Companies under attack from cybercriminals
The email from the “boss” to the employee in the book-keeping department is headed “strictly confidential”. Referring to an upcoming takeover, it instructs them to transfer a five-figure amount to a given bank account. The unsuspecting employee follows the instructions and the financial damage is done.
That’s how quickly it can happen. Companies are increasingly finding themselves in the sights of cybercriminals. Such criminals adopt different strategies, but before they target an individual employee, they spy on the company through all possible web-based channels. Then they cleverly trick the employee into either unwittingly divulging confidential company information or making payments to designated bank accounts. These new scams are called “CEO”, “fake president” or “mandate” fraud.
Like with most online fraud attacks, the best safeguard in such cases is firewalls and common sense. Secure your systems: install firewalls, anti-virus software and updates and alter log-in passwords, also in your telephone system and in all systems connected to the internet. Urge your employees to be vigilant: ask them to use their common sense if they see anything unusual. Besides increased vigilance, an open corporate culture protects your company best. Allow employees to query unusual transactions up to management level.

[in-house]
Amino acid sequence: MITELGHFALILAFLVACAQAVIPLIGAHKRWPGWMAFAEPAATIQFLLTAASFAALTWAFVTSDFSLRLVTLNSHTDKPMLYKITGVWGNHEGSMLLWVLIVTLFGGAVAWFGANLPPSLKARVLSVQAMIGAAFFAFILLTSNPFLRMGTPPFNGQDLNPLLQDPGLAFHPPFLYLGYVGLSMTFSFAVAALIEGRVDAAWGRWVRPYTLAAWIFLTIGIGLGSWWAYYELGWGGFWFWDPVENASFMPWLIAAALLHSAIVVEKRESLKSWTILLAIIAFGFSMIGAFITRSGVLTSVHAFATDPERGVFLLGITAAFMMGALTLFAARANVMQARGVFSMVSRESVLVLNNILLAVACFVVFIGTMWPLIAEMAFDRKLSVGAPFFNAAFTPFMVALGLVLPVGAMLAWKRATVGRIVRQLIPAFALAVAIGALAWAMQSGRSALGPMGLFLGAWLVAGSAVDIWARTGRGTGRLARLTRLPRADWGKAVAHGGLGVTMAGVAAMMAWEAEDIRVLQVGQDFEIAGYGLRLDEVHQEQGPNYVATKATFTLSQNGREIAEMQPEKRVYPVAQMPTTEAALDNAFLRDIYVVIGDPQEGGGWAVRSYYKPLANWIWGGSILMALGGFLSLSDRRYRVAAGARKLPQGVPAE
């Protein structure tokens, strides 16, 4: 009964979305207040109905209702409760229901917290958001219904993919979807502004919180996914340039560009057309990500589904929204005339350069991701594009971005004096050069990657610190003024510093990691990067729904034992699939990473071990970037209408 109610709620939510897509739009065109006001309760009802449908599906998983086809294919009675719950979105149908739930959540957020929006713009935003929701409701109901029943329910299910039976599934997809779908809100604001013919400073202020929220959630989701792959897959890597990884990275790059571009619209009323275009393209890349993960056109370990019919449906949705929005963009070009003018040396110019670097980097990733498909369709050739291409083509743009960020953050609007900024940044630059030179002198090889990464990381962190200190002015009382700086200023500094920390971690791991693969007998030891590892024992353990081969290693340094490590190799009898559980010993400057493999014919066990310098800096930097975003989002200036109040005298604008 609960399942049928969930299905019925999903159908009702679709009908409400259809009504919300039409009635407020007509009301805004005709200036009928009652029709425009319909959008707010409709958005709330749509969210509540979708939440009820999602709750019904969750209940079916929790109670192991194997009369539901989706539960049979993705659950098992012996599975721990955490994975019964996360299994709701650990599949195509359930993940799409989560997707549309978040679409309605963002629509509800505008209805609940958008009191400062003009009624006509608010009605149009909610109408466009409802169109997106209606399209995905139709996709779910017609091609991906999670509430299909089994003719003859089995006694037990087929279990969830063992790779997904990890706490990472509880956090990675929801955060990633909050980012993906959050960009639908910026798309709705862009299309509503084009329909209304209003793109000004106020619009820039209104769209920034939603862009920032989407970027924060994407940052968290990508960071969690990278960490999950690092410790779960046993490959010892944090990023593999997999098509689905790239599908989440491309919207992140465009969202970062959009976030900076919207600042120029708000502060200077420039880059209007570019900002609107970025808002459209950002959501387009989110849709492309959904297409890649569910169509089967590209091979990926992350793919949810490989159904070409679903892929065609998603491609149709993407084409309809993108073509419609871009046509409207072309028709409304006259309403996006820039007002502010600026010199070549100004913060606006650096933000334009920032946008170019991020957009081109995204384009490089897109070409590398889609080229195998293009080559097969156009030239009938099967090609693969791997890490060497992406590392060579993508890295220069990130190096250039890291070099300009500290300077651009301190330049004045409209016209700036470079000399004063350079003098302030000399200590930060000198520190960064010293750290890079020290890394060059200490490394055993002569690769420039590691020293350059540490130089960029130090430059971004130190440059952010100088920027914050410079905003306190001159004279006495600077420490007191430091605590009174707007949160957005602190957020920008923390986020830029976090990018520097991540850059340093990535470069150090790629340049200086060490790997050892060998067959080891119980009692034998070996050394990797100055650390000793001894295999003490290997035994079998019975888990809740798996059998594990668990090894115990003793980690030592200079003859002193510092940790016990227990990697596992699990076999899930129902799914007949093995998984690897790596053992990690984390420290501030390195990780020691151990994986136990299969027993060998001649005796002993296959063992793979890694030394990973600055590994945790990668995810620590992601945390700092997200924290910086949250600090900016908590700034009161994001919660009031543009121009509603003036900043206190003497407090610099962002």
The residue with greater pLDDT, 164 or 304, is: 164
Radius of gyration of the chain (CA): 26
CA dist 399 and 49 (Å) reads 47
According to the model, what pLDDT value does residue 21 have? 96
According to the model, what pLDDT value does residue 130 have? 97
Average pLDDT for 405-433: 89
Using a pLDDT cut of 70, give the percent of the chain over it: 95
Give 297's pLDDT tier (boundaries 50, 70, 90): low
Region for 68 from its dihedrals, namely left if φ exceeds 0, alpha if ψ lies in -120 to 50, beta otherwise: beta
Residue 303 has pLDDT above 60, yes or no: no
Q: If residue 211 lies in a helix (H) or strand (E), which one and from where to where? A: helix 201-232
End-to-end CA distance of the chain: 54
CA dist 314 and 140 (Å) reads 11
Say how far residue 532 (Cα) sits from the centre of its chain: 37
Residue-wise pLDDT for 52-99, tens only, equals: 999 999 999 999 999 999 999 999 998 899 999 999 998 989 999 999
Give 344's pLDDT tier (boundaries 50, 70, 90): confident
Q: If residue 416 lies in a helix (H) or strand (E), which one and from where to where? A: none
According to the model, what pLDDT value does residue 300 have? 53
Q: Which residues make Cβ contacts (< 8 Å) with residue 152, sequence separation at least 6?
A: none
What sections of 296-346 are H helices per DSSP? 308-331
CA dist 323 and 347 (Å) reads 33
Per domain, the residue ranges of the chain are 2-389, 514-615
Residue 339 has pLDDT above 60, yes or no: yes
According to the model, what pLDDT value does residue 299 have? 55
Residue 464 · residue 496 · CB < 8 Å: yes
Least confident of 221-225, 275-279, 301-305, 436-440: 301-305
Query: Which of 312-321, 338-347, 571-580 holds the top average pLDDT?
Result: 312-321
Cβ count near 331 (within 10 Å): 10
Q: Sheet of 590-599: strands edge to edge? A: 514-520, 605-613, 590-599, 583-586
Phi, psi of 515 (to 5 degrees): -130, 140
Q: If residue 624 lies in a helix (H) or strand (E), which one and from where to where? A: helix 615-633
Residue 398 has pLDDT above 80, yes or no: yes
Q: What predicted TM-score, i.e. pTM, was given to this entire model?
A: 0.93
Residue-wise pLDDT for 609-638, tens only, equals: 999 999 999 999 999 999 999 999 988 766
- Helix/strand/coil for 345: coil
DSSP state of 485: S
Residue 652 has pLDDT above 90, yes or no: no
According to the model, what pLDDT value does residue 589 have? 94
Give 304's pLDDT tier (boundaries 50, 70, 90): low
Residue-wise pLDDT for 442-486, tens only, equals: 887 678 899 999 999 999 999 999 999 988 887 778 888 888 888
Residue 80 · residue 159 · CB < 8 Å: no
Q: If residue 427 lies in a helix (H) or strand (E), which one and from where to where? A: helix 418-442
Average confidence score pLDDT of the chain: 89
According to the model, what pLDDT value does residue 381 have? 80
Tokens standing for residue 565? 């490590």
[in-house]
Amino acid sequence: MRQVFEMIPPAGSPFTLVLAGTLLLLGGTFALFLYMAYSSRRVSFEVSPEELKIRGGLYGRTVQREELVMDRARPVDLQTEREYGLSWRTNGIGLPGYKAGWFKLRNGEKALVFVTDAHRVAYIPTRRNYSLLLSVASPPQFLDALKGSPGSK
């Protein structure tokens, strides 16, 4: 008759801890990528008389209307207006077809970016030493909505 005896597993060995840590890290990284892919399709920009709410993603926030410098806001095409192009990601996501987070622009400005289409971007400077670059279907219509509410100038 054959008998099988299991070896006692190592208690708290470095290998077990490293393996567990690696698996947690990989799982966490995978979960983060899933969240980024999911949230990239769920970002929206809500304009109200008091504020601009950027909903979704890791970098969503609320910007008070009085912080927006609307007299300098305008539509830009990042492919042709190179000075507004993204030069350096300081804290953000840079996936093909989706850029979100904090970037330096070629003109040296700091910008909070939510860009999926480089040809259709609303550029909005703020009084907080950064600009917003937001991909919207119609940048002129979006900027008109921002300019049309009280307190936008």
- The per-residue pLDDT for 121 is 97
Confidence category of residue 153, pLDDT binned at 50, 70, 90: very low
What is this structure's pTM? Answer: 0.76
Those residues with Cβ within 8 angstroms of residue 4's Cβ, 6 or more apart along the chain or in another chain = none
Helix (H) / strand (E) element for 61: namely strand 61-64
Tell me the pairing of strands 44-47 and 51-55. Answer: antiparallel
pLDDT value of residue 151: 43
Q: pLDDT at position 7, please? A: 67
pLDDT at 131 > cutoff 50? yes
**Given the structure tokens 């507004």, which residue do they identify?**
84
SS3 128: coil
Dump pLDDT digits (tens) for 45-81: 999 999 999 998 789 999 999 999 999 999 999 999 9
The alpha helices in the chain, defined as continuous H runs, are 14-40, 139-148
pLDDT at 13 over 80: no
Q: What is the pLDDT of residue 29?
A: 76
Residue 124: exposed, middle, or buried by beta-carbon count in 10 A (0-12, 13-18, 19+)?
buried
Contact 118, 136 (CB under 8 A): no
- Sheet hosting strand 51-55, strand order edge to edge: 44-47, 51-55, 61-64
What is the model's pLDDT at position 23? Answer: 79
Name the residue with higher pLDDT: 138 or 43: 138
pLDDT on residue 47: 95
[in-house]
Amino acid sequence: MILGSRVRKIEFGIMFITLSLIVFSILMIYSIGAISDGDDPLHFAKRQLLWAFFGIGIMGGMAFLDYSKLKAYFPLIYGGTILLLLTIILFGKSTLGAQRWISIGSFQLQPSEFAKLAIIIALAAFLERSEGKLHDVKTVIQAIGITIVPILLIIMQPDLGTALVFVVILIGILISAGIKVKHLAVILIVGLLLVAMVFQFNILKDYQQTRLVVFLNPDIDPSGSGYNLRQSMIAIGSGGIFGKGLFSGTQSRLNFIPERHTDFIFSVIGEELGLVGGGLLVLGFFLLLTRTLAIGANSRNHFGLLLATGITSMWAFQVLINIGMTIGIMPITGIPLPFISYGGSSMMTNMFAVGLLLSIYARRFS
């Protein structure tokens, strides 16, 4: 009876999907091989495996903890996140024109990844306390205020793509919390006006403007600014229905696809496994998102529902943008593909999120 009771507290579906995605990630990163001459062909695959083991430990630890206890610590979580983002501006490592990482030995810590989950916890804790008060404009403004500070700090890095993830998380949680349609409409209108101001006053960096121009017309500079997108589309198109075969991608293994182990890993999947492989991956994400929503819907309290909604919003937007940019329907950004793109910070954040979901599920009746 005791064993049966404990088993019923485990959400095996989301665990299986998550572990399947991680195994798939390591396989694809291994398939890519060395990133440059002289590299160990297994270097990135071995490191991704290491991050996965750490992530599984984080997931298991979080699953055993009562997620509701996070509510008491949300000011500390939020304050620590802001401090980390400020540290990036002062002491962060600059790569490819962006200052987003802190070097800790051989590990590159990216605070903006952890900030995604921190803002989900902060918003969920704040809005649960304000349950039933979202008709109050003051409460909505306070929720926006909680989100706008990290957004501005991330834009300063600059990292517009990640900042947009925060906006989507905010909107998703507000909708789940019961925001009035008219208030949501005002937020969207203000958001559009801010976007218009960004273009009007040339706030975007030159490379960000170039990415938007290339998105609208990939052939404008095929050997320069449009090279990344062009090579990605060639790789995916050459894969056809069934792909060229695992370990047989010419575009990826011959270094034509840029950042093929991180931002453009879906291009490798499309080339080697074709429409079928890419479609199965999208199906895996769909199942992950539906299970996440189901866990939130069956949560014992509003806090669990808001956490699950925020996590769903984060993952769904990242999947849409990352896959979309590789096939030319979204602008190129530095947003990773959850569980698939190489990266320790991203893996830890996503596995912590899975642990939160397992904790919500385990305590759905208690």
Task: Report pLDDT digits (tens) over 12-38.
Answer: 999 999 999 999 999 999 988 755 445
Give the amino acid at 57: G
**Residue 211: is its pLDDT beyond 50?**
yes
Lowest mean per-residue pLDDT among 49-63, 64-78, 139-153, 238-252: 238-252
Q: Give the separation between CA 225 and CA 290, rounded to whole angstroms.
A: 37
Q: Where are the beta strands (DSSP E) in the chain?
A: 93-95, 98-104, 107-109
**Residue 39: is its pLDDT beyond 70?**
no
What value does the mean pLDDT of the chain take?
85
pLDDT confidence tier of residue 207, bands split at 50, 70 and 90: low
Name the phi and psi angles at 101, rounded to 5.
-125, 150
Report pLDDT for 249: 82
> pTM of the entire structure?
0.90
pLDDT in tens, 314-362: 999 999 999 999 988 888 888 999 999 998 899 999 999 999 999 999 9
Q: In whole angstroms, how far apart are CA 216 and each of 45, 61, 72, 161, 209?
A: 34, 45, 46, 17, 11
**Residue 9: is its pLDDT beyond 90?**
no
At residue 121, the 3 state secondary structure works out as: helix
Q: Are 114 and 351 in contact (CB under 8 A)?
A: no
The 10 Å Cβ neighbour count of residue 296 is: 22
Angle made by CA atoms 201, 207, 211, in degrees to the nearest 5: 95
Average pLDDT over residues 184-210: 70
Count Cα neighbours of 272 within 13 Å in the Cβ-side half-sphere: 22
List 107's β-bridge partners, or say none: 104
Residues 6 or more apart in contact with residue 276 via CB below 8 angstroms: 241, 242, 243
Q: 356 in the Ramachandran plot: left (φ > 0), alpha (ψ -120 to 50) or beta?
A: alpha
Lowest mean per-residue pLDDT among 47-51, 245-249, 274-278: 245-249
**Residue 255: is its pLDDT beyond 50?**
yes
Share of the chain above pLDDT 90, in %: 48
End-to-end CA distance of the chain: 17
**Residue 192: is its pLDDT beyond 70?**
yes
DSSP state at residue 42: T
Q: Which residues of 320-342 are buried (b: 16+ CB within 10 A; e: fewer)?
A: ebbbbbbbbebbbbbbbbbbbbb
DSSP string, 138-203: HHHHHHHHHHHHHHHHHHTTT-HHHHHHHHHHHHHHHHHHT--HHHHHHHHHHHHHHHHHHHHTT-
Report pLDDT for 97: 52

These other tips can help you protect your company as well:
- Check risk-prone processes such as entering and authorising payments or changing, for example, bank account or mailing address master data.
- Encourage careful social media management among your employees. They shouldn’t just casually accept contact solicited by unfamiliar persons, and they need to check whether information they post on social networks could be used against them.
- Ask your employees to be particularly cautious when handling emails: do the sender and the email address go together? Is the content of the email generally plausible? Do the links and images in the email fit the sender?
- Grant user rights only to the extent that employees need them to perform their tasks. When it comes to authorisation rights, adopt a “four eyes” approach. Avoid giving employees any individual power of attorney if possible.
If you heed these tips and regularly sensitise your employees to cybercrime, you will greatly reduce the risk of a successful fraud attack. Should you nevertheless find that you have been the victim of cybercrime, contact your bank immediately. The Association of German Banks’ new booklet “Companies under attack: cybercrime”, compiling a host of useful information and tips, can be downloaded or ordered free of charge.